The best thing about African print outfits could be that they go beyond mainstream concepts. They balance between style and cultural appreciation in a colourful twist. The cotton, colourful fabric with embroidery and tribal patterns on it has been in use for long and widely admired for its vibrancy and versatility. Outfits from the fabrics have vivacious colours, geometric shapes and at times indigenous symbols.
Elia Gasana is a tailor who specialises in African print outfits. He makes dresses, wedding gowns, casuals and formal wear from African print fabric. From African material he also makes fashion accessories like hand bags, earrings and bangles. “Most people are turning to African inspired designs and fabrics. They have a lot to offer,” Gasana explains, “they are increasingly being associated with being dynamic and artistic. People who are modern but want to retain their roots.”
According to the designer, most of his outfits are custom fit. “They are mostly an expression of the wearer’s fashion sensibilities or response to current fashion trends. We have a variety of clients; some are young ladies who want short body-hugging outfits, some are mature women who want more formal wear and others are men looking for casual wear with colour and pattern.”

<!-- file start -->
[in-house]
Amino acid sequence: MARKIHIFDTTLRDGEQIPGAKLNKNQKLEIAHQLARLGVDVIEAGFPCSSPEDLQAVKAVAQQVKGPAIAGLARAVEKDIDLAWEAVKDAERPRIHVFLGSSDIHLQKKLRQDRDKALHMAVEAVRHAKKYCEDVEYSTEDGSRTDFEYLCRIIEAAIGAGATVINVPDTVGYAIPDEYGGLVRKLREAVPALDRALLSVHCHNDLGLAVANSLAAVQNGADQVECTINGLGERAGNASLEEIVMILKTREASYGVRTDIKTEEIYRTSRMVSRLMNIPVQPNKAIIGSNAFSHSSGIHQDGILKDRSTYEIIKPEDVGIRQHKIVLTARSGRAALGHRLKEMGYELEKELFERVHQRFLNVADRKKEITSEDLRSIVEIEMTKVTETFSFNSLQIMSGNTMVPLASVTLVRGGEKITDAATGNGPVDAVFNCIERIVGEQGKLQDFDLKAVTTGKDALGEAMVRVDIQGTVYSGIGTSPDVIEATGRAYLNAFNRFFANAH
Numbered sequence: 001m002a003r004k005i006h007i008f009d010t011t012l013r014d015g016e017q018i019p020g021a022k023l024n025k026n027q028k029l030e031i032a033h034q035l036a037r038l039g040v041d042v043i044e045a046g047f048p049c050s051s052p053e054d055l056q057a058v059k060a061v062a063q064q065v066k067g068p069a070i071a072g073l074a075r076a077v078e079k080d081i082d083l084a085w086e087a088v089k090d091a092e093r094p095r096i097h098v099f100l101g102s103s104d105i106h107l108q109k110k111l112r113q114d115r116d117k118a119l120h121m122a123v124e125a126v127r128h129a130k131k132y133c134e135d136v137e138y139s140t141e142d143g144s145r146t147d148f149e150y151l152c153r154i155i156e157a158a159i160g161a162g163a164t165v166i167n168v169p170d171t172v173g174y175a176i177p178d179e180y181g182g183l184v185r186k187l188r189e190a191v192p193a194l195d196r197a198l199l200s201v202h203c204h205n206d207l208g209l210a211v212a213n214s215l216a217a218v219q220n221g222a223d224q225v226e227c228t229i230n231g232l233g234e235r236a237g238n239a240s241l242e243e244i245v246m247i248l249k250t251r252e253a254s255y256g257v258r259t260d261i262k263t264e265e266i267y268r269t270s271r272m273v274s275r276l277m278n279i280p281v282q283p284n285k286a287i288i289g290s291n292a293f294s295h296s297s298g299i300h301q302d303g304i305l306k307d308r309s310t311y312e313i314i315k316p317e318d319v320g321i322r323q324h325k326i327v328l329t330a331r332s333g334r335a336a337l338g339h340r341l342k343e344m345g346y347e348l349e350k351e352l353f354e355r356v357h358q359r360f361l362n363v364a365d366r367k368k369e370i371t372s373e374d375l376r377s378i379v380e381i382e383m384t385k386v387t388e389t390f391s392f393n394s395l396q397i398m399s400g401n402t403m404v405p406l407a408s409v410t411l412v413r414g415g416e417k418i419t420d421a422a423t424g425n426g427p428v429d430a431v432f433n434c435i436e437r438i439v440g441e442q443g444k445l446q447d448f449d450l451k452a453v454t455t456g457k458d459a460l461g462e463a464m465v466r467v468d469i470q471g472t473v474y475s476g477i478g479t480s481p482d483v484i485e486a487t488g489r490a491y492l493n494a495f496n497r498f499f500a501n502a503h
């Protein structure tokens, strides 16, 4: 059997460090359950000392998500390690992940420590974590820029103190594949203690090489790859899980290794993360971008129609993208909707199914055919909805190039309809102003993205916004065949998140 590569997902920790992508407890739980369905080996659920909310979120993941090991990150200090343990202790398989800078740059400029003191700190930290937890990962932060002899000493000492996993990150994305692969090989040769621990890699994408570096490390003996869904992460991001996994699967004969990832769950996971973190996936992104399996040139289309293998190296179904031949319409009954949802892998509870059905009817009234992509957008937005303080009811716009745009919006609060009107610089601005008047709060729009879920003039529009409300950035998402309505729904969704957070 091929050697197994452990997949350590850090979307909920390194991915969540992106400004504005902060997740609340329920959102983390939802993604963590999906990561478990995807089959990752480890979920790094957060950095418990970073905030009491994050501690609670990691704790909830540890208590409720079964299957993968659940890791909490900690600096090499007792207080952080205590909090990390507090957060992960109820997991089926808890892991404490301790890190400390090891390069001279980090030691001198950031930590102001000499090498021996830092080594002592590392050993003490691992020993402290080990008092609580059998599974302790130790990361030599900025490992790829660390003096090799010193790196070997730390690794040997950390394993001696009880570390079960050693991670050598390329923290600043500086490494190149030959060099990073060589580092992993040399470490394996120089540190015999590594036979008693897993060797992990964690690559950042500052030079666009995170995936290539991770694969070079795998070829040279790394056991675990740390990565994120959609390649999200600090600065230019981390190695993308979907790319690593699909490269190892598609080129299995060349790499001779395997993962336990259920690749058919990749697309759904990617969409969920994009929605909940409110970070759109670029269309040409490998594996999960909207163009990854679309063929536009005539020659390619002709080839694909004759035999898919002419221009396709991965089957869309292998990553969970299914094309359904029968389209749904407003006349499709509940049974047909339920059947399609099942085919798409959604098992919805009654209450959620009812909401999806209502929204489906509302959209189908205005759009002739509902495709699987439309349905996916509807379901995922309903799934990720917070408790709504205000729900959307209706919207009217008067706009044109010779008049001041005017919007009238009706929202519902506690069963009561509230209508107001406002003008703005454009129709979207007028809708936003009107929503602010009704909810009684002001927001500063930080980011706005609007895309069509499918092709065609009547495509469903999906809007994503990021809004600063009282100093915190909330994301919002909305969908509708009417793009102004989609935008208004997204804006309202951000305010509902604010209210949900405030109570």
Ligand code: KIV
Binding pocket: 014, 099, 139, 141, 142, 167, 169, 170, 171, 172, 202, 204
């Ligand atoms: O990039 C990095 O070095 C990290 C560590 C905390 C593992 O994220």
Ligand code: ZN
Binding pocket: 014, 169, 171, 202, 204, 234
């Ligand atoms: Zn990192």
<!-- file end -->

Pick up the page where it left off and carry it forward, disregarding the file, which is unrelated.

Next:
The designers and tailors also design outfits and accessories to give clients options to choose from. “At times it’s through meticulous research of what different wearers might prefer and at other times it is through constant experimentation,” says Francesca, a local tailor based in Nyamirambo. Francesca was one of the first designers to come up with African print handbags.
Lately, African print fabric has been modernised and used to create youthful and refreshing outfits.
“At times we also blend African print material with Western fabric like denim,” says Francesca.
Other than bringing out the wearer’s fashion sensibilities, the outfits from African prints bring out the tailors’ creativity, attention to detail and craftsmanship. “A lot of work goes into designing or building around a clients idea. I first meditate over my work… I imagine how the final product is going to look on the wearer,” says Gasana.
Interestingly, there are different prints for different occasions as Francesca explains: “There are ‘happy’ prints…like the ones worn during weddings and there are also less busy patterns used for formal outfits. It would look strange if you wore a ‘happy’ print outfit to the office.”
African print fabric also has cheap imitations or what designers call fakes. “These are materials of poor quality and are often an imitation. They are hard to work on and fade fast,” Francesca explains.